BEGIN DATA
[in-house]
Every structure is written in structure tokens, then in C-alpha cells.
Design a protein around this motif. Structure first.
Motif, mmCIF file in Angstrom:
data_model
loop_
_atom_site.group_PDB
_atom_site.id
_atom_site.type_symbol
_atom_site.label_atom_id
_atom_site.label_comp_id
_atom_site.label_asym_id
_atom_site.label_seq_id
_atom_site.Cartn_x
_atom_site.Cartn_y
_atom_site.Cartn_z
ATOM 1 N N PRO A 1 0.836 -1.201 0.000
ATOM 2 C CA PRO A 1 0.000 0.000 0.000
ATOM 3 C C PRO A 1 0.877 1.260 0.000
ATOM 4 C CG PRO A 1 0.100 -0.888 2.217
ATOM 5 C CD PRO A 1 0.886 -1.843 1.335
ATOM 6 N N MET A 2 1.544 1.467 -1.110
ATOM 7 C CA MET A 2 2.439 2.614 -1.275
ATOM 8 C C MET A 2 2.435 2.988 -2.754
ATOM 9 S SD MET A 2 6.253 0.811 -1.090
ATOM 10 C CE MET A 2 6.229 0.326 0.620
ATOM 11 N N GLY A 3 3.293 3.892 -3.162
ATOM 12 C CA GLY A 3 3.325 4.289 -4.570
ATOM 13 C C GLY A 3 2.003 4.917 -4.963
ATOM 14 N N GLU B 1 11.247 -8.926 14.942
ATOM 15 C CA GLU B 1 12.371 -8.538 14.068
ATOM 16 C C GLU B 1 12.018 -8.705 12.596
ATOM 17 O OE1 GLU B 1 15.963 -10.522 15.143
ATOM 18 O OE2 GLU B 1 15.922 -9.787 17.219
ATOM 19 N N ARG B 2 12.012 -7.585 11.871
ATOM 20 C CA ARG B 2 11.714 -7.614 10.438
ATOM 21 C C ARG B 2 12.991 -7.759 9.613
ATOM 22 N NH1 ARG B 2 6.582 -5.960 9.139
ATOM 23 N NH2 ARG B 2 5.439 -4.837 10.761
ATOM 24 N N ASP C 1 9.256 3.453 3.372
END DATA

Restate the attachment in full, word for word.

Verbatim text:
[in-house]
Every structure is written in structure tokens, then in C-alpha cells.
Design a protein around this motif. Structure first.
Motif, mmCIF file in Angstrom:
data_model
loop_
_atom_site.group_PDB
_atom_site.id
_atom_site.type_symbol
_atom_site.label_atom_id
_atom_site.label_comp_id
_atom_site.label_asym_id
_atom_site.label_seq_id
_atom_site.Cartn_x
_atom_site.Cartn_y
_atom_site.Cartn_z
ATOM 1 N N PRO A 1 0.836 -1.201 0.000
ATOM 2 C CA PRO A 1 0.000 0.000 0.000
ATOM 3 C C PRO A 1 0.877 1.260 0.000
ATOM 4 C CG PRO A 1 0.100 -0.888 2.217
ATOM 5 C CD PRO A 1 0.886 -1.843 1.335
ATOM 6 N N MET A 2 1.544 1.467 -1.110
ATOM 7 C CA MET A 2 2.439 2.614 -1.275
ATOM 8 C C MET A 2 2.435 2.988 -2.754
ATOM 9 S SD MET A 2 6.253 0.811 -1.090
ATOM 10 C CE MET A 2 6.229 0.326 0.620
ATOM 11 N N GLY A 3 3.293 3.892 -3.162
ATOM 12 C CA GLY A 3 3.325 4.289 -4.570
ATOM 13 C C GLY A 3 2.003 4.917 -4.963
ATOM 14 N N GLU B 1 11.247 -8.926 14.942
ATOM 15 C CA GLU B 1 12.371 -8.538 14.068
ATOM 16 C C GLU B 1 12.018 -8.705 12.596
ATOM 17 O OE1 GLU B 1 15.963 -10.522 15.143
ATOM 18 O OE2 GLU B 1 15.922 -9.787 17.219
ATOM 19 N N ARG B 2 12.012 -7.585 11.871
ATOM 20 C CA ARG B 2 11.714 -7.614 10.438
ATOM 21 C C ARG B 2 12.991 -7.759 9.613
ATOM 22 N NH1 ARG B 2 6.582 -5.960 9.139
ATOM 23 N NH2 ARG B 2 5.439 -4.837 10.761
ATOM 24 N N ASP C 1 9.256 3.453 3.372